In the footsteps of medieval artisans – The Huth Hours

Starlings-the-next-generationThe beautiful illuminated Flemish manuscript, the Huth Hours (c.1485), not only has delightful representations of flowers decorating its margins, but every now and then a bird or animal is depicted within the ornamentation.

Thought to have been produced in either Ghent or Bruges over five hundred and thirty years ago, the Huth Hours contains many miniatures as well as pages of text with decorated borders. It is considered to be the work of Simon Marmion and his workshop in collaboration with other unnamed Master artisans.

Five hundred and thirty years ago sounds a long time to us, but it’s less than a blink of an eye for Mother Nature. Spying birds in the finely decorated margins such as starlings and great tits, and then spying the same species in my back garden evoked a wistful sigh from me as I contemplated the cycling of the years and the passing of the centuries.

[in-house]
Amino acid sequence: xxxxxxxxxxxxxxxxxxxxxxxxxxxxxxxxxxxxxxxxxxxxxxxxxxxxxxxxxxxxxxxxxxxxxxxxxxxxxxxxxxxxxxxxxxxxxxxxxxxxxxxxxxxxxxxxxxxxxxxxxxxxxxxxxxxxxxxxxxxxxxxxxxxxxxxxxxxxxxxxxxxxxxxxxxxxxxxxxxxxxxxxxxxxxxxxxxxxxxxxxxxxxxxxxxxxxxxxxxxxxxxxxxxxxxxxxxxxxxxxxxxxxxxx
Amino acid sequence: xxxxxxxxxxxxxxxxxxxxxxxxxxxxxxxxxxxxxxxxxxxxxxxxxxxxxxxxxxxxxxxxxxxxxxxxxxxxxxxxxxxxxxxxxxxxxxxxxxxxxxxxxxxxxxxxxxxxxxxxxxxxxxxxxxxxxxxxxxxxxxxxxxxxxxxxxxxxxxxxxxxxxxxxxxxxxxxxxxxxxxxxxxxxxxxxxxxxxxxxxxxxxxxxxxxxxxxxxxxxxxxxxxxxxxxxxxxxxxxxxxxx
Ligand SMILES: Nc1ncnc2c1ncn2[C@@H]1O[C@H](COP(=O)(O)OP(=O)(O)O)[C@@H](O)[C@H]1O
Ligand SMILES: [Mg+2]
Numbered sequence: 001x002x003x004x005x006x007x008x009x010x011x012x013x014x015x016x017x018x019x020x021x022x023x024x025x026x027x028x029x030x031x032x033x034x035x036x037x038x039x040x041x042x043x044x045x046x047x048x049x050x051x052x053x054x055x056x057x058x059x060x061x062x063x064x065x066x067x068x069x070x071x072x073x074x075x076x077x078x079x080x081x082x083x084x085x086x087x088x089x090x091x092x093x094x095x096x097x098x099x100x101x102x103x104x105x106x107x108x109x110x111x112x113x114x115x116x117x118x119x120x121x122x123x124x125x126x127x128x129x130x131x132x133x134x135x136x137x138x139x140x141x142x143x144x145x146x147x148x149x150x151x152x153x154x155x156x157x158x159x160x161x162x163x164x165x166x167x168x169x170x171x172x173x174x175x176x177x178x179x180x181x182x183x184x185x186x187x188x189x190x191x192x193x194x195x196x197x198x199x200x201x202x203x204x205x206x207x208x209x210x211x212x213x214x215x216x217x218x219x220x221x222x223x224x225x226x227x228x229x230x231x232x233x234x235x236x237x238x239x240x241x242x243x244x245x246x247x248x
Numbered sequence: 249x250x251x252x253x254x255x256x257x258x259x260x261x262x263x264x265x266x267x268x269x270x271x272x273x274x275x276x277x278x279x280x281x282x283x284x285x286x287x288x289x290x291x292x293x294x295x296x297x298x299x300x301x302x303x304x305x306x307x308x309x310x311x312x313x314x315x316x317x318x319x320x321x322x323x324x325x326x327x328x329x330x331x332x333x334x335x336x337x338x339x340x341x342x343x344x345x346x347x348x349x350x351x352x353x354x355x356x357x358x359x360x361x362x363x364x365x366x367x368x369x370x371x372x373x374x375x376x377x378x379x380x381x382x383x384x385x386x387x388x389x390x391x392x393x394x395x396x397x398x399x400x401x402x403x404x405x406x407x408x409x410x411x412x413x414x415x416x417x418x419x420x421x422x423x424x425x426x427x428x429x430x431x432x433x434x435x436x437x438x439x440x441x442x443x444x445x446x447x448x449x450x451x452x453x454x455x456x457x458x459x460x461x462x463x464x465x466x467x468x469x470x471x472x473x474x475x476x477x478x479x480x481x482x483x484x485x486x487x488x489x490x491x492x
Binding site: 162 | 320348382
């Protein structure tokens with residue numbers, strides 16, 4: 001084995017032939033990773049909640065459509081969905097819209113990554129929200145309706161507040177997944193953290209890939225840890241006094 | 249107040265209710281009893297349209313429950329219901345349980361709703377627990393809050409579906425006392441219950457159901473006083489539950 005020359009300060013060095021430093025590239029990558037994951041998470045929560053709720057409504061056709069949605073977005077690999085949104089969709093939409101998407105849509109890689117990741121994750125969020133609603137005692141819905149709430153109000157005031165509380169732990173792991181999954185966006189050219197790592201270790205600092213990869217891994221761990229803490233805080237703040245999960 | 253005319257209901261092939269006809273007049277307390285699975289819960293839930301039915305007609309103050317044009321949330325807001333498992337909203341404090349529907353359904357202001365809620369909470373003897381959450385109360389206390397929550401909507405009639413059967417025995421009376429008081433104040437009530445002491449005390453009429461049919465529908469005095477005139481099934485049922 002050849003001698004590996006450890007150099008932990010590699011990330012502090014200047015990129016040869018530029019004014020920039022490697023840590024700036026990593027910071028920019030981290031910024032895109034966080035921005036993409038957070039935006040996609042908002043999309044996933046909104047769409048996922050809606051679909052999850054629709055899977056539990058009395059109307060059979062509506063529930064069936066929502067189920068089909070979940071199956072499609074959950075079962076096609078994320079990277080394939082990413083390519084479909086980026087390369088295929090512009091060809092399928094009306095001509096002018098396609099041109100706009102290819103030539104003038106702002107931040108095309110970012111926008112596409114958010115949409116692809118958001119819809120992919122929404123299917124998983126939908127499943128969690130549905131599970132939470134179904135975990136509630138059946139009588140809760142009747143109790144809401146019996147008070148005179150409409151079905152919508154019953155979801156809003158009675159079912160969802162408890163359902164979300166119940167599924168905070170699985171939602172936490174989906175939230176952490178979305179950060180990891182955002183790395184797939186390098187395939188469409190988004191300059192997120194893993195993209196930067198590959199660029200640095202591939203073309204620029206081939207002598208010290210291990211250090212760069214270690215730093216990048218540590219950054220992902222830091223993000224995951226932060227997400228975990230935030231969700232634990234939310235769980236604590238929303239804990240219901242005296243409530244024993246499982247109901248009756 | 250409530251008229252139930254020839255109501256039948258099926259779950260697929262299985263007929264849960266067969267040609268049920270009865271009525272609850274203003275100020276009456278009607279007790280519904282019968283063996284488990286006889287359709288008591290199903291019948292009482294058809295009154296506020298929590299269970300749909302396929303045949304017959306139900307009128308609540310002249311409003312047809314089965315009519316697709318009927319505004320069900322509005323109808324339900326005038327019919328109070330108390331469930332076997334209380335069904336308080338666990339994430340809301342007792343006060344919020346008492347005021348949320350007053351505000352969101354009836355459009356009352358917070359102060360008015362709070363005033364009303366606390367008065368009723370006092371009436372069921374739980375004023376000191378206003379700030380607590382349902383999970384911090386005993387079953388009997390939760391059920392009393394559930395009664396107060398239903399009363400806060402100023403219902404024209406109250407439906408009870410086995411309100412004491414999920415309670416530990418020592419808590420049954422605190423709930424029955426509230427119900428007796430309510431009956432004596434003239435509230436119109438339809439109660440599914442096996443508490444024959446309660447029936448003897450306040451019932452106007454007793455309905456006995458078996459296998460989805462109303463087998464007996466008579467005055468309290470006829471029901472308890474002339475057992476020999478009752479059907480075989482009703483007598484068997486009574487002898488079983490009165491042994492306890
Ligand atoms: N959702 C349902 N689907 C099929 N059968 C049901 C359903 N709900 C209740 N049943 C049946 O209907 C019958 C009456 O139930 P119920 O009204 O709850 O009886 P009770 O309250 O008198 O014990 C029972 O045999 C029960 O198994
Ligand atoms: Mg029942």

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Author: agnesashe

Artisan, blogger and passionate East Anglian working from home.

6 thoughts on “In the footsteps of medieval artisans – The Huth Hours”

  1. This is lovely. I’d never thought of the painters of illuminated manuscripts as being quite so faithful to Mother Nature. Thanks for these juxtaposed images.

    1. Thank you – I don’t really have the right lens for bird pics, as mostly I photograph scarves and flowers and they don’t fly away when you try to get close! 🙂

    1. Thanks – I was looking through the manuscript when I recognised the birds and that gave me the idea for the post. Plus I was lucky as the young birds are so new and unaware they just sit there and let you get quite close to photograph them.

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